Also known as Koke-dera Temple, or the ‘Moss’ Temple because of its 120 varieties of mosses that create a magical carpet throughout the temple grounds.
The gardens of Saihō-ji are collectively considered to be both a historical landmark and a "special place of scenic beauty" in Japan.
Visitors are admitted only by prior application (by return postcard), and the fee to visit the temple (¥3,000) is the highest in Kyoto. You will be given access to the grounds for 90 minutes. As of May 2010 they prefer for the application to arrive up to 7 working days prior to the intended visit at the temple. Before being permitted access to the garden, visitors must engage in zazen
and hand copy and/or chant the quite long sutras. It is OK not to finish tracing the whole sutra, but you will be asked to write down your wish and your name and address. The monks keep all the sutras in the pagoda and continue to pray for all. It is said that these regulations were put into place in order to protect the delicate moss from the hordes of tourists that plagued the temple prior to 1977.
This garden is designated as Japan's historic and scenic spot. The garden is made of two parts; one is in the Chisen Kaiyu (circling pond) style, having a pond in the shape of the Kanji "Kokoro (heart)" in the in the center consisting four islands, and the other garden is a kare-sansui
garden. In the former garden, there are approximately 130 types of moss growing.
The contrast with the trees are fabulous, and the atmosphere is very natural, quite different from other gardens which are obvious that they were made by human. The kare-sansui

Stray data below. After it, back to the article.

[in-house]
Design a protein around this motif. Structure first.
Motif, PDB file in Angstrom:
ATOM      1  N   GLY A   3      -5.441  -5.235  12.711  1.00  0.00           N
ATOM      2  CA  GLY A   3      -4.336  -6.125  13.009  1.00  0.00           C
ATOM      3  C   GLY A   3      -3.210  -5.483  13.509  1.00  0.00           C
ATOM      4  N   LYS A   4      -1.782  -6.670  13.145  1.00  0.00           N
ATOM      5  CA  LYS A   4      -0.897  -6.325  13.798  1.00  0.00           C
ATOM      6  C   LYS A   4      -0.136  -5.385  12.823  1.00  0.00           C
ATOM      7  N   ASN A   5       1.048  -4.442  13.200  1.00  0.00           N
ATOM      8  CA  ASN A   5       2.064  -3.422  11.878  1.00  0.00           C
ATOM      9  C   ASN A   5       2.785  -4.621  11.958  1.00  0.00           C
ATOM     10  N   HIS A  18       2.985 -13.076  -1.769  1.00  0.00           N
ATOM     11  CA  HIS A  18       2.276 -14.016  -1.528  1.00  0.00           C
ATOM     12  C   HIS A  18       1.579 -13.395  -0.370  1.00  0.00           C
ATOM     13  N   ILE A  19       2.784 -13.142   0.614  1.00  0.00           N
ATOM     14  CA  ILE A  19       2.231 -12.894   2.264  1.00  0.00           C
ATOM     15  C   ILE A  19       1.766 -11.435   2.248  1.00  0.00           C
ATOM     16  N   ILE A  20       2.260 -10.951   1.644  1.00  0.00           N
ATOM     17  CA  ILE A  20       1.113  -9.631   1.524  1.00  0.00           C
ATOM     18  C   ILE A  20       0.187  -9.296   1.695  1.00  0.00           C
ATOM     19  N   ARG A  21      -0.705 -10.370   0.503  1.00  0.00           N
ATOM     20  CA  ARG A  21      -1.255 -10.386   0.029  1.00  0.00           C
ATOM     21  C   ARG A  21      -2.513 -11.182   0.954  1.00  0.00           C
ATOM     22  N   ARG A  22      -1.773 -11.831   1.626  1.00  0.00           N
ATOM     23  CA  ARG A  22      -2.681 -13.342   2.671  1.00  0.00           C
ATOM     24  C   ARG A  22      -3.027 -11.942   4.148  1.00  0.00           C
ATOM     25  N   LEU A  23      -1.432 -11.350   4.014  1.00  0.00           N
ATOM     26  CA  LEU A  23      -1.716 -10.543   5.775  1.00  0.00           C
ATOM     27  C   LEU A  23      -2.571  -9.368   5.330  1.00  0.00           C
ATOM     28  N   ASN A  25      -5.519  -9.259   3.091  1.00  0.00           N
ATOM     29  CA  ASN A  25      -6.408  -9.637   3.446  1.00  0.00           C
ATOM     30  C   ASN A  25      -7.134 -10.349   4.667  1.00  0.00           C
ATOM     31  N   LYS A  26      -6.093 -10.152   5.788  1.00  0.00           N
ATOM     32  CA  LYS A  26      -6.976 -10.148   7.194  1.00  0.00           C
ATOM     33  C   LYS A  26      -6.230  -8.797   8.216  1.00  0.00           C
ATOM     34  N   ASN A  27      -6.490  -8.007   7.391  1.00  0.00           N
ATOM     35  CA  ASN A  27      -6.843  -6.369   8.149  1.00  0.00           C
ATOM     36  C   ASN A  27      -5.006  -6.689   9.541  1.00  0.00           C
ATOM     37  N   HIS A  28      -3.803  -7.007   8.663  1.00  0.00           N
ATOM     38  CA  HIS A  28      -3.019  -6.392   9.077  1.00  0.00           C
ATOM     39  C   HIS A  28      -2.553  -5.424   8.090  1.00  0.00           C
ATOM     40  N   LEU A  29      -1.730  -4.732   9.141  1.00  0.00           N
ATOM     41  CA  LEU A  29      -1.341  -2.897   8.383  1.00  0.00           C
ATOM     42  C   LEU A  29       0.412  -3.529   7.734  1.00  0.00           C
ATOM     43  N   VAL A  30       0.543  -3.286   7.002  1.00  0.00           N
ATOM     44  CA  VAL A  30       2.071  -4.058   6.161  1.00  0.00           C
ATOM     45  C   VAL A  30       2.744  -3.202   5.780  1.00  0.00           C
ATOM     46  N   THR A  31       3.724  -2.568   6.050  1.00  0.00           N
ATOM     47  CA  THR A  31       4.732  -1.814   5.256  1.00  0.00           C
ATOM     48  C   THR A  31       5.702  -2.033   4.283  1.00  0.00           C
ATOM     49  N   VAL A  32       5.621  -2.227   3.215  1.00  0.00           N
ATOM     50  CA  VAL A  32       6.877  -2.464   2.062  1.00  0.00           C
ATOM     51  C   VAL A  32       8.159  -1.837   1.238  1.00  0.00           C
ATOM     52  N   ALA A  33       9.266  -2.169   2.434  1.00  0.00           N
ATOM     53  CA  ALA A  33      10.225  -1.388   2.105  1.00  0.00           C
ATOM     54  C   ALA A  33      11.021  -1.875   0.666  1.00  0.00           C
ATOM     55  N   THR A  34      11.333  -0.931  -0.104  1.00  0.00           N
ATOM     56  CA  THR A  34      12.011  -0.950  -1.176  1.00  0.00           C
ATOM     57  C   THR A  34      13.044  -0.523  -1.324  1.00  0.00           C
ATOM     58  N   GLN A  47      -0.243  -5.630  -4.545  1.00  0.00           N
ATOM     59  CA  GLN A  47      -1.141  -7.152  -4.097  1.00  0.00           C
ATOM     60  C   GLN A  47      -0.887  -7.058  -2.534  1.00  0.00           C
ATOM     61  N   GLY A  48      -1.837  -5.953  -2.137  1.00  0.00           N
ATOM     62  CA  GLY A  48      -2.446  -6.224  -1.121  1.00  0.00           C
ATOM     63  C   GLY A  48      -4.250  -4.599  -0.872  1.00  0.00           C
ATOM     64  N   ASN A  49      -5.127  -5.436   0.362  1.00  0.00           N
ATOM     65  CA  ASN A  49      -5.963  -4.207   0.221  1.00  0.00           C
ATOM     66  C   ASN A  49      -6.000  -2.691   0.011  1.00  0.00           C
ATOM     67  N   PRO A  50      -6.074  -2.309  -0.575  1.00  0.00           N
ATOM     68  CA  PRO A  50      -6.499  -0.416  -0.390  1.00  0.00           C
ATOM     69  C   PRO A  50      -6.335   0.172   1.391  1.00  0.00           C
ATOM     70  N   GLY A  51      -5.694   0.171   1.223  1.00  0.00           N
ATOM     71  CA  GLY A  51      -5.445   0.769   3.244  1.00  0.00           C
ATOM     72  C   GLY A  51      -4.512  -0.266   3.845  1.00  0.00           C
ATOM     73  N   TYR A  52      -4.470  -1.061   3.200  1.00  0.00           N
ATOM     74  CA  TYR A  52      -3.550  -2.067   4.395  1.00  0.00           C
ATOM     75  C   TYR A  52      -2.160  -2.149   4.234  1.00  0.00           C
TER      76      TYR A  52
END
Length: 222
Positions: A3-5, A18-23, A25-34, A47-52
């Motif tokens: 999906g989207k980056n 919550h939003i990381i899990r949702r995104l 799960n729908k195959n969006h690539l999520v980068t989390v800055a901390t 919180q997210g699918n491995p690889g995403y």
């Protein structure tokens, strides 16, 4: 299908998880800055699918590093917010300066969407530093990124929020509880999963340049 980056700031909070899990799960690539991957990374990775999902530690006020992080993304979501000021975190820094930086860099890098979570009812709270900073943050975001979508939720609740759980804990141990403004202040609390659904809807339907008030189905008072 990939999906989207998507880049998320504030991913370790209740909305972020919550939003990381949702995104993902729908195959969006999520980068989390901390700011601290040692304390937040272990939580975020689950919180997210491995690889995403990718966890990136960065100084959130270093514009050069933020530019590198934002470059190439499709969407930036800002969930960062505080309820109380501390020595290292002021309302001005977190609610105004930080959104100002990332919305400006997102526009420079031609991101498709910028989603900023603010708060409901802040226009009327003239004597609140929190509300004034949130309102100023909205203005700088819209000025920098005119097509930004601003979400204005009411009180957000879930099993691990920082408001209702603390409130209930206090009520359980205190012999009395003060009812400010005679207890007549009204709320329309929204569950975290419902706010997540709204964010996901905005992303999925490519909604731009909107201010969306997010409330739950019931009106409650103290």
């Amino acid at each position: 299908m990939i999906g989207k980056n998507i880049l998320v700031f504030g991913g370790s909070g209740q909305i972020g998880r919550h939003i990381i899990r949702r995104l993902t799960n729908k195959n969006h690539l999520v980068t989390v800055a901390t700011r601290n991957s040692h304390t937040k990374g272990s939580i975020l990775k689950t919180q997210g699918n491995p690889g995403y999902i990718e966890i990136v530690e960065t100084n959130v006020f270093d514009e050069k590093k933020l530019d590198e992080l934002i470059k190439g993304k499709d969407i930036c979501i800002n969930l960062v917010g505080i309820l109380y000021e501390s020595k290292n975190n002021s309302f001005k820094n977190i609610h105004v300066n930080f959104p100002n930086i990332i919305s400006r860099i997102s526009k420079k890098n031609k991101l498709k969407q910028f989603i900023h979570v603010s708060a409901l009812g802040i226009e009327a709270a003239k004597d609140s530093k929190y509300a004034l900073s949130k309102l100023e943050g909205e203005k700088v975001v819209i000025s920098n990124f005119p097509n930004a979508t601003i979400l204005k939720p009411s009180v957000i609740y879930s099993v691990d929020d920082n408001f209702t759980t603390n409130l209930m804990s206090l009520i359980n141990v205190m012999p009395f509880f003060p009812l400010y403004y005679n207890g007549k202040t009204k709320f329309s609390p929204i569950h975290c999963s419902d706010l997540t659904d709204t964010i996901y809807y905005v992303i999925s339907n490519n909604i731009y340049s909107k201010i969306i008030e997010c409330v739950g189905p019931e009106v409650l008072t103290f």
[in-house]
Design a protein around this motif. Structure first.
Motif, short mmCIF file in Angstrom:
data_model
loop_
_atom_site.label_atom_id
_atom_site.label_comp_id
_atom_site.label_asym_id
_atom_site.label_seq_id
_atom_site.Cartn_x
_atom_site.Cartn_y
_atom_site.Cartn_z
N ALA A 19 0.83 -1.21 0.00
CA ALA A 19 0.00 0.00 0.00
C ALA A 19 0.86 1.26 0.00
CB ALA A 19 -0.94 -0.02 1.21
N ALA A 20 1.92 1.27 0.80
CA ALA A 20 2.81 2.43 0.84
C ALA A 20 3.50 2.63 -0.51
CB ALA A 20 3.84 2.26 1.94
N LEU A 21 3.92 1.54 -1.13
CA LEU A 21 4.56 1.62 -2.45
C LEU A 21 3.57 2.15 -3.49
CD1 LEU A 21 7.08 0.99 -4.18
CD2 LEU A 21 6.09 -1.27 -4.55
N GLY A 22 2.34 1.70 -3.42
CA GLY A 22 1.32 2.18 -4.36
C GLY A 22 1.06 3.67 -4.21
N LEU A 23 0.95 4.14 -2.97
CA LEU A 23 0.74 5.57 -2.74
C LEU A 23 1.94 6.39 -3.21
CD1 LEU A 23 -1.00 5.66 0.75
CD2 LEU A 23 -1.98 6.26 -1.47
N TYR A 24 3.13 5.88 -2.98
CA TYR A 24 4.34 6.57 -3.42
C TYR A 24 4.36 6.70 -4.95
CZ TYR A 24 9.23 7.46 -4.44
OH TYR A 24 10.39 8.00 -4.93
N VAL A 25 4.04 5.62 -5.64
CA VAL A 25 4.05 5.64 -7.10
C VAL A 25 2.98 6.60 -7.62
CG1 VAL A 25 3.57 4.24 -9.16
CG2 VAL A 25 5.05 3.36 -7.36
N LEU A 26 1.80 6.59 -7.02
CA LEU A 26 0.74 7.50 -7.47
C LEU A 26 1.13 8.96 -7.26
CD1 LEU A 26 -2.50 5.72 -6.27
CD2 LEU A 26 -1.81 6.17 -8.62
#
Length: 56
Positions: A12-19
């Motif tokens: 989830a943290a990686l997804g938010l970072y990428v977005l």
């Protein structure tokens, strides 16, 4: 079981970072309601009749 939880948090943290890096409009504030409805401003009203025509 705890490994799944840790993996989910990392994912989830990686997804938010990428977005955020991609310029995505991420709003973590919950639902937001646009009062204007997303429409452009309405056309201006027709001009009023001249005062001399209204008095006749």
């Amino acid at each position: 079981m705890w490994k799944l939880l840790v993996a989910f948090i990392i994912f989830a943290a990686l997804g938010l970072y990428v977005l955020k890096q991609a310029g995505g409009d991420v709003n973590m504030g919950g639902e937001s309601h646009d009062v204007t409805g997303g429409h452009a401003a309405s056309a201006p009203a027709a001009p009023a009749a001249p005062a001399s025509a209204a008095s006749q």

garden is just as wonderful as the Chisen Kaiyu style garden. There are many large stones assembled together. This kare-sansui
garden contains no water, however, it is said that if you sit on a stone and close your eyes, you will hear the sound of water, and if you open and strain your eyes, you will see water flowing before you. When people experience the mysterious feeling of shining water, and life, overflowing around them, they will be greatly moved. Then, when they come to themselves again, the mossy stones will be sitting there silently, as if they had been there from a long time ago.
This moment in which people feel as one with the garden, is familiar to noh. Noh is a world of the subtle and profound, which starts from denying everything, but acting "the something" which we cannot deny, as the truth. This garden also denies everything: by taking out all the artificial elements to make it natural, but encounters the truth which we cannot deny: encounters the beauty one feels when all is natural. Muso Soseki, who made this garden, was a great man who even received the title as "The Most Reverend Priest" from the Imperial Court. He, who is also a garden maker, took in the idea of Zen, and rose the quality of gardens to the spiritual level. Japanese gardens have some gorgeous elements, but there also are elements, completely reverse to gorgeousness. These unparalleled Japanese gardens were spread by the Zen priest, Muso Soseki. In the gardens he made, is the spirit of satori
© Grewals Photography 2014